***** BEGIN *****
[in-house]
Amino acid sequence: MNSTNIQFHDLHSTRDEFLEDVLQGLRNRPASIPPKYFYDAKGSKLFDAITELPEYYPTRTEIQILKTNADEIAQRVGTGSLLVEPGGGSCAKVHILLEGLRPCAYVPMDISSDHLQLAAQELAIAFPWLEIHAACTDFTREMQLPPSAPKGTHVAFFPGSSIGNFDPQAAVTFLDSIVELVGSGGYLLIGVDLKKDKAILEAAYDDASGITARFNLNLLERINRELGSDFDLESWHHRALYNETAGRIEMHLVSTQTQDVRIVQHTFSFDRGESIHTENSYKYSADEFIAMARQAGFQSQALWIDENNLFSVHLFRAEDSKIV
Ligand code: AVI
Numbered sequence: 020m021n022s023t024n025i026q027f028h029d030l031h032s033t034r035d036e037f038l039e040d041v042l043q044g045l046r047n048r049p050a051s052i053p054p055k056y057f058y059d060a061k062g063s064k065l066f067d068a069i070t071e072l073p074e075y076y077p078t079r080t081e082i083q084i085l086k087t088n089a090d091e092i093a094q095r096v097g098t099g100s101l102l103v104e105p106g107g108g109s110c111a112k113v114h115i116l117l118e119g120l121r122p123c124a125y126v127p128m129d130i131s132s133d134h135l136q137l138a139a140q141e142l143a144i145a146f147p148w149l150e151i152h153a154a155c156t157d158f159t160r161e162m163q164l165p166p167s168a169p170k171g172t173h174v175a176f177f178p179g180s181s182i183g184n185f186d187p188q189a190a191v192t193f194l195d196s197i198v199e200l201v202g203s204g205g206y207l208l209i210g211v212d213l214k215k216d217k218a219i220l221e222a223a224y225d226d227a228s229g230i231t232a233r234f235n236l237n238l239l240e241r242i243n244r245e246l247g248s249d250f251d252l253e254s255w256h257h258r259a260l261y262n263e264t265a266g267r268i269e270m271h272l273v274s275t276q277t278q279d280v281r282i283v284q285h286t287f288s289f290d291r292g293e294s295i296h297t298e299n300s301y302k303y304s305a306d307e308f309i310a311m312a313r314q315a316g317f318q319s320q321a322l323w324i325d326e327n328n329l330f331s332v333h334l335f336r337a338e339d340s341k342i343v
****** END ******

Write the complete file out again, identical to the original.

[in-house]
Amino acid sequence: MNSTNIQFHDLHSTRDEFLEDVLQGLRNRPASIPPKYFYDAKGSKLFDAITELPEYYPTRTEIQILKTNADEIAQRVGTGSLLVEPGGGSCAKVHILLEGLRPCAYVPMDISSDHLQLAAQELAIAFPWLEIHAACTDFTREMQLPPSAPKGTHVAFFPGSSIGNFDPQAAVTFLDSIVELVGSGGYLLIGVDLKKDKAILEAAYDDASGITARFNLNLLERINRELGSDFDLESWHHRALYNETAGRIEMHLVSTQTQDVRIVQHTFSFDRGESIHTENSYKYSADEFIAMARQAGFQSQALWIDENNLFSVHLFRAEDSKIV
Ligand code: AVI
Numbered sequence: 020m021n022s023t024n025i026q027f028h029d030l031h032s033t034r035d036e037f038l039e040d041v042l043q044g045l046r047n048r049p050a051s052i053p054p055k056y057f058y059d060a061k062g063s064k065l066f067d068a069i070t071e072l073p074e075y076y077p078t079r080t081e082i083q084i085l086k087t088n089a090d091e092i093a094q095r096v097g098t099g100s101l102l103v104e105p106g107g108g109s110c111a112k113v114h115i116l117l118e119g120l121r122p123c124a125y126v127p128m129d130i131s132s133d134h135l136q137l138a139a140q141e142l143a144i145a146f147p148w149l150e151i152h153a154a155c156t157d158f159t160r161e162m163q164l165p166p167s168a169p170k171g172t173h174v175a176f177f178p179g180s181s182i183g184n185f186d187p188q189a190a191v192t193f194l195d196s197i198v199e200l201v202g203s204g205g206y207l208l209i210g211v212d213l214k215k216d217k218a219i220l221e222a223a224y225d226d227a228s229g230i231t232a233r234f235n236l237n238l239l240e241r242i243n244r245e246l247g248s249d250f251d252l253e254s255w256h257h258r259a260l261y262n263e264t265a266g267r268i269e270m271h272l273v274s275t276q277t278q279d280v281r282i283v284q285h286t287f288s289f290d291r292g293e294s295i296h297t298e299n300s301y302k303y304s305a306d307e308f309i310a311m312a313r314q315a316g317f318q319s320q321a322l323w324i325d326e327n328n329l330f331s332v333h334l335f336r337a338e339d340s341k342i343v